Kate Stein reports for WUSF – “One way (to adapt to hotter weather) is by planting trees to shade sidewalks and bus stops, and in neighborhoods where people might not be able to afford much air conditioning… Leahy was in unincorporated South Dade… to help with a tree planting at a new park. It’s part of Miami-Dade’s effort to plant a million trees countywide by 2020… ‘High heat can cause severe health impacts and even death…,’ said Jane Gilbert, chief resilience officer for the city of Miami… While trees aren’t substitutes for air conditioning, they can help lower outdoor temperatures by a few degrees. Gilbert says studies of Miami have shown that areas with fewer trees – which are mostly low-income – can be two or three degrees hotter than other places. ‘It’s really critical that we reduce what we call the “heat island effect” in our most urban areas,’ she said. Miami-Dade’s Tree Week… includes tree planting efforts with volunteers from Barcardi, Coca-Cola and Bank of America.” Read How Trees Can Make South Florida More Resilient Against Rising Temperatures
The Palm Beach Post Editorial Board writes – “Our main protection is a flood-control system built 50 to 70 years ago, long before climate change was even imagined. IT’s clear that this aging system will need serious, and expensive, upgrades. Congress has yet to provide the money for a much-needed study of how to do that. It’s galling that lawmakers gave the Northeast $20 million for a flood-control system after just one storm, Superstorm Sandy. Yet for a ll the hurricanes and tropical storms we’ve endured, Congress has yet to fund a flood-control study for our region that it authorized in 2016.” Read Aging flood-control systems can’t protect South Florida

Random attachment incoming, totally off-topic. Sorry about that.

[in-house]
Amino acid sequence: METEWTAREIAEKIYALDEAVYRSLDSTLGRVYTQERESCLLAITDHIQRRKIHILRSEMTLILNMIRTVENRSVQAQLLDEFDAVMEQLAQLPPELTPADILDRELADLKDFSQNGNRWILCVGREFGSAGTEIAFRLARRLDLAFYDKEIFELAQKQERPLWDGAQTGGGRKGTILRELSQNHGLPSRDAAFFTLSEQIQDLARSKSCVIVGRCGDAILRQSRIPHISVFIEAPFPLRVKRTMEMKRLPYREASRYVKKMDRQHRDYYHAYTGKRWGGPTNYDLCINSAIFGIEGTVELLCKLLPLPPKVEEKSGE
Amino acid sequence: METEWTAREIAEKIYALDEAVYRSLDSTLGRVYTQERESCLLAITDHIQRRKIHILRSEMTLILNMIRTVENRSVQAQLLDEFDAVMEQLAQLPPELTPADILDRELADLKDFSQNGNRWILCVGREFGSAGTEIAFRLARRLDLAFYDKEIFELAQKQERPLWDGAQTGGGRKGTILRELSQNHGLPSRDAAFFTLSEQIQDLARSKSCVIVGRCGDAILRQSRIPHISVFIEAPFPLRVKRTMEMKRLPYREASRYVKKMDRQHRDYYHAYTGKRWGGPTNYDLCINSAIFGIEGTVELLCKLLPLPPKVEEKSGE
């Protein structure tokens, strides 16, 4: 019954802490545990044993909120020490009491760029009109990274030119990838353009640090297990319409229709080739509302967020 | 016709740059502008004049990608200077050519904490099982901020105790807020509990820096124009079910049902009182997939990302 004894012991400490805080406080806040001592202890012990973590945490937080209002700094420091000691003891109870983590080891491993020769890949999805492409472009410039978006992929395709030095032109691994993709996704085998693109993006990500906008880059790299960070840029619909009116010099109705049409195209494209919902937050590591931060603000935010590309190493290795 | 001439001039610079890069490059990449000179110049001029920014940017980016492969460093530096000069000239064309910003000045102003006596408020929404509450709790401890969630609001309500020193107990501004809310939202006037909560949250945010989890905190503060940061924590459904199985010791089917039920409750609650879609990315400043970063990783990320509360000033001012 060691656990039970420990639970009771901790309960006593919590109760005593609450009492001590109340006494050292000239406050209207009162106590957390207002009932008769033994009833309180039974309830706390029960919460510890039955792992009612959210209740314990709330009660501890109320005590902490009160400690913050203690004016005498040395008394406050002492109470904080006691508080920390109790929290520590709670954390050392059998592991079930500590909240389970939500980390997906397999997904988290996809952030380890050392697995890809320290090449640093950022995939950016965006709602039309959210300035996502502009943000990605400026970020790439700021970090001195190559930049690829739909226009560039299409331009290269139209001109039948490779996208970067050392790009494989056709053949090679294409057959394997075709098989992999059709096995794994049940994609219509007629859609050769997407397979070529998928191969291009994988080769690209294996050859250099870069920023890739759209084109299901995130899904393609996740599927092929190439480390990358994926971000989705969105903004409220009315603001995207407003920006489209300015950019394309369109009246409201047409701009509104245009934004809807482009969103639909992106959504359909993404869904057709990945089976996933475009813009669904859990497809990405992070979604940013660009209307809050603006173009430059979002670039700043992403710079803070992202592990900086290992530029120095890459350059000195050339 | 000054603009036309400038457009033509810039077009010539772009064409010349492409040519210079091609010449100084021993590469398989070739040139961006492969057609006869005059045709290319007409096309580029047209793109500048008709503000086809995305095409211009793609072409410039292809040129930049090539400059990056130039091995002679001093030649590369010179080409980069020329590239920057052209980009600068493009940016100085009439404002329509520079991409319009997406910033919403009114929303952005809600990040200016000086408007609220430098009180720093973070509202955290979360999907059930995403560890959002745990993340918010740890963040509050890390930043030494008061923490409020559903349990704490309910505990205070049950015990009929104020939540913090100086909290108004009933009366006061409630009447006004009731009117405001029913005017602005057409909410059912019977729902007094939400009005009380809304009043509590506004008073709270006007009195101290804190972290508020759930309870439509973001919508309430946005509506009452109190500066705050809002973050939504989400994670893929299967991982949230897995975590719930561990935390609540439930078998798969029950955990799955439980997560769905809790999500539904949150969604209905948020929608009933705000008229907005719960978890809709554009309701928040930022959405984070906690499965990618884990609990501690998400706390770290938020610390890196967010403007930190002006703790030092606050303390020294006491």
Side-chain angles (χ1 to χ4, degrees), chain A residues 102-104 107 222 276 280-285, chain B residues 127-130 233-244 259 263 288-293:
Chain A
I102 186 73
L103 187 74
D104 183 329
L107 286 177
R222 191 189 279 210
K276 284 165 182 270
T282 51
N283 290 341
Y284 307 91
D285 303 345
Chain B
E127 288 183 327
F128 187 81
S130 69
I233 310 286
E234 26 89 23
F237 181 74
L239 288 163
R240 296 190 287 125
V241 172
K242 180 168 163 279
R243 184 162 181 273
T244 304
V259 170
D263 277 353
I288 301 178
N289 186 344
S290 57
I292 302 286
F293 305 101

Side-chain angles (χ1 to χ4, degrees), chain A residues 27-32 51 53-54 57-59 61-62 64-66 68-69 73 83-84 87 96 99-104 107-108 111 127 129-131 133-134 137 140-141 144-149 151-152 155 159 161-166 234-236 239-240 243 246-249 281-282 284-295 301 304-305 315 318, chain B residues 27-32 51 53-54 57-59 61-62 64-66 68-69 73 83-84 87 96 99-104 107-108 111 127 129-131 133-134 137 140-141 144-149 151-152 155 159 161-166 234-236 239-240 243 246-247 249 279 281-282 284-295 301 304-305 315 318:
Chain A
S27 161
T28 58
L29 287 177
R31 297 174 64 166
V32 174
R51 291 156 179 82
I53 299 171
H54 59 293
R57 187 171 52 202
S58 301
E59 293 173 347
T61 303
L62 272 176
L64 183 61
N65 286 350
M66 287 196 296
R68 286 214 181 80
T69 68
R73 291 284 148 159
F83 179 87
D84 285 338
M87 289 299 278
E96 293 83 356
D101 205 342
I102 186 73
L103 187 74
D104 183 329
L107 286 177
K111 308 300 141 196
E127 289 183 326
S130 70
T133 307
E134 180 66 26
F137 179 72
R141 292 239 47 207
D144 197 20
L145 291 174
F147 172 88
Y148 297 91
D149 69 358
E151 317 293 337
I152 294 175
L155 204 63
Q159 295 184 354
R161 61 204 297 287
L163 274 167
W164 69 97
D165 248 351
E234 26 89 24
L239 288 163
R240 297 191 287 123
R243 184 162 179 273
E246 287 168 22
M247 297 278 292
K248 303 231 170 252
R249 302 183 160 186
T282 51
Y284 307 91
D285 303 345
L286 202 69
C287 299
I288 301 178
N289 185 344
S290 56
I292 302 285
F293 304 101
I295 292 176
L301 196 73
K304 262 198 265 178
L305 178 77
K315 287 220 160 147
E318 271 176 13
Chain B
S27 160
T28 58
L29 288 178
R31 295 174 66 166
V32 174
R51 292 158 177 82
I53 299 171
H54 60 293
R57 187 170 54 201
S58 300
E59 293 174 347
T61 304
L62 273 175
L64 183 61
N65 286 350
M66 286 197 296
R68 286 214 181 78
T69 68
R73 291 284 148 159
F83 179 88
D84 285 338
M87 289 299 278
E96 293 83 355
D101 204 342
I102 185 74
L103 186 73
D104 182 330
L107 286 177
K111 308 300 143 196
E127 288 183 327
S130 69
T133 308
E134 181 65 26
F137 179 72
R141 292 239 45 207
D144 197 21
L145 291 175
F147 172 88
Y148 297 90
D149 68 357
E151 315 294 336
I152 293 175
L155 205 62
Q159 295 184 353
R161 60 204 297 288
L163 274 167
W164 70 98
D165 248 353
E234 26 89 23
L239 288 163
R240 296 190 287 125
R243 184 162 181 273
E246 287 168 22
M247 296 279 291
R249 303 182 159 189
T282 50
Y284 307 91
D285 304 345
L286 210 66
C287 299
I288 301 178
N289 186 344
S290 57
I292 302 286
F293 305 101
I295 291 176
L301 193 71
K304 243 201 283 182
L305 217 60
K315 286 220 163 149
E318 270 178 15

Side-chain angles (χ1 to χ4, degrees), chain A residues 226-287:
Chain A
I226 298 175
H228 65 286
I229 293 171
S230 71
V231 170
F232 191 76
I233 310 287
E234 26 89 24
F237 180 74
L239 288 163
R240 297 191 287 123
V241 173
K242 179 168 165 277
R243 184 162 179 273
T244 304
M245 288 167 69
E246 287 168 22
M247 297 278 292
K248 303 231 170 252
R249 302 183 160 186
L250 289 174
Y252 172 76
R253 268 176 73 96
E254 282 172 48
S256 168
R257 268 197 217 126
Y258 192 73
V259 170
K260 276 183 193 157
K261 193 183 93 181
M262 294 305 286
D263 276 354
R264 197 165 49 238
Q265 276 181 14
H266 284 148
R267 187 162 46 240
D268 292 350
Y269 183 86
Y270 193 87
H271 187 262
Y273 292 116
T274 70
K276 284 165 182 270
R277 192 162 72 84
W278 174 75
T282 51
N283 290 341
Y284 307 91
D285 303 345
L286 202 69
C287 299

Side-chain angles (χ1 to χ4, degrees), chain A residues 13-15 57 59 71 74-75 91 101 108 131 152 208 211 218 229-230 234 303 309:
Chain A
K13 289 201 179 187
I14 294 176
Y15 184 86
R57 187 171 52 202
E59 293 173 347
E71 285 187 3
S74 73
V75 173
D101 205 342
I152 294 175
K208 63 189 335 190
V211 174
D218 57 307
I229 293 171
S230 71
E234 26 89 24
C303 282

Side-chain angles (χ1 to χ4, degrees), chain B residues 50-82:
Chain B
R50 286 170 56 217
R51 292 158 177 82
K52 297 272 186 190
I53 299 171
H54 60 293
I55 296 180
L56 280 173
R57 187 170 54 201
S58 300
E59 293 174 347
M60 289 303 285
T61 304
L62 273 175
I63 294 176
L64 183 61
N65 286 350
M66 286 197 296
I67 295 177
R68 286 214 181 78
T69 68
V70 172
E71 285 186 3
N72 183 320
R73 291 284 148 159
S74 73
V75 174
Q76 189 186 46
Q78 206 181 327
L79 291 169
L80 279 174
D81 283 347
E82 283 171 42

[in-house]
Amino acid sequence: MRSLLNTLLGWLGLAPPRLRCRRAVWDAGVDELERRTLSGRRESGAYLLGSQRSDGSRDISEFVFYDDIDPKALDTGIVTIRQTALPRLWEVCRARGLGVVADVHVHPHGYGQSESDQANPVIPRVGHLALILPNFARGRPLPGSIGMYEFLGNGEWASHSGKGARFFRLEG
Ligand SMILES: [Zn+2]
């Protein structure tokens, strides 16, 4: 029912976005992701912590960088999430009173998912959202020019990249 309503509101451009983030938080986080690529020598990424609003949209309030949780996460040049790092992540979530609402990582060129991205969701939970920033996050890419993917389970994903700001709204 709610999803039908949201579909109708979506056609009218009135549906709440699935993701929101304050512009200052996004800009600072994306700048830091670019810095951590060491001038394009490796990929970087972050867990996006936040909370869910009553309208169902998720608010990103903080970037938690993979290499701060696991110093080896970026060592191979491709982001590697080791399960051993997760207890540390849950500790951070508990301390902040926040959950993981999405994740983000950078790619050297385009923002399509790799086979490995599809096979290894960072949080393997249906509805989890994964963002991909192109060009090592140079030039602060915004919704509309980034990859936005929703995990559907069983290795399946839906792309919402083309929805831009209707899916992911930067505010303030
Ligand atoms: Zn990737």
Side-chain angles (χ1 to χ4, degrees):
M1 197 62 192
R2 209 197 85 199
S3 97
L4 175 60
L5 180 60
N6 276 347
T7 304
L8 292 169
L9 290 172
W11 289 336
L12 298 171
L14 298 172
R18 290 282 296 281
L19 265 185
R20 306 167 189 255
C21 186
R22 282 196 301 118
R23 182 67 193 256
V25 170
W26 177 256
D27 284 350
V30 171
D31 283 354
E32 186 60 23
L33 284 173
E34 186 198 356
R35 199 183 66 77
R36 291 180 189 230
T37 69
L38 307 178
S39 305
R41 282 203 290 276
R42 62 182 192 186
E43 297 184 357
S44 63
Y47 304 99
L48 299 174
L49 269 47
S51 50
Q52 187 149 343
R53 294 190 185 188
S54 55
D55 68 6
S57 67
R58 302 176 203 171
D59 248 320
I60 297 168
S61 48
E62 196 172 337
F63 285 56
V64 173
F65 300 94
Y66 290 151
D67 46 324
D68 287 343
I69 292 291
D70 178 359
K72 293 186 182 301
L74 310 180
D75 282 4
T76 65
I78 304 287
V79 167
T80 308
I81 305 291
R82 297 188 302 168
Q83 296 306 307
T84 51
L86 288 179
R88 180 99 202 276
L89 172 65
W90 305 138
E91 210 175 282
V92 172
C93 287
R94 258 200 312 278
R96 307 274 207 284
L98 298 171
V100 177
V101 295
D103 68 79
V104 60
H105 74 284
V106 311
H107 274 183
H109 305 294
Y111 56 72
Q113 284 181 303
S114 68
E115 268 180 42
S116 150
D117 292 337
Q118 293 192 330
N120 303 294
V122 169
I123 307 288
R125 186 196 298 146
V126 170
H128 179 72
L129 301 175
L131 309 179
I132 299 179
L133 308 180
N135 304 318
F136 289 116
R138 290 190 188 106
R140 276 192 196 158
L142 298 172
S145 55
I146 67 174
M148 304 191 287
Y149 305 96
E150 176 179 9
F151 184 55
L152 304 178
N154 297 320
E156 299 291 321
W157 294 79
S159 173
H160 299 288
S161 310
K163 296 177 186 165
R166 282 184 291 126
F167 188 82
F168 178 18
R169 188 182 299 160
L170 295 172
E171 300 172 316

From Our Readers
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Upcoming Environmental Events
May 8 – June 23 – Solar United Neighbors is hosting several solar co-op information sessions around Florida throughout the next few months. Attendees will learn about solar equipment, financing, and the benefits of joining a solar co-op. For a complete list of sessions, click here.
May 9, 12:44 pm – Attend the Villages Environmental Discussion Group at the Belvedere Library Community Room (325 Belvedere Blvd.) in The Villages. Merrillee Malwitz-Jipson, Sierra Club Organizing Rep., will make a presentation entitled “Urban Fertilizers… Connections to Our Lawns, Landscape, and Florida’s Waters”. Shari Blissett-Clark, Pres. Of the FL Bat Conservancy, will make a presentation entitled “Bats in Florida’s Backyards.” For more information and to RSVP, email email@example.com.
May 11, 8:30 am – Attend the Save Our Water 2018 summit in Bonita Springs. For more information, click here.
May 17-20 – Attend The Florida Native Plant Society’s 38th Annual Conference in Miami. For more information, click here.
May 19, 10:00 am – Participate in Hands Across the Sand at Pensacola Beach. Hands Across the Sand is an annual gathering of people who come together to express their opposition to dirty fossil fuels and to champion a new era of clean, renewable energy. There will be speeches, snacks, live music, and more. For more information, click here.
May 19, 11:00 am – Participate in Hands Across the Sand at Fort Walton Beach. Hands Across the Sand is an annual gathering of people who come together to express their opposition to dirty fossil fuels and to champion a new era of clean, renewable energy. For more information, click here.
May 23, 5:30 pm – Attend Before the Flood at the Pensacola Public Library (239 N. Spring St.) in Pensacola. Before the Flood is a film that follows actor Leonardo DiCaprio to five continents and the Arctic to witness climate change firsthand. Following the film, 350 Pensacola and Northwest Florida Move to Amend will discuss how the influence of corporate money in politics is delaying action on climate change and how the public can take action to free the political system of that influence. Light refreshments will be served. For more information, email firstname.lastname@example.org.
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About the FCC: The Florida Conservation Coalition (FCC) is composed of over 80 conservation-minded organizations and over two thousand individuals devoted to protecting and conserving Florida’s land, fish and wildlife, and water resources.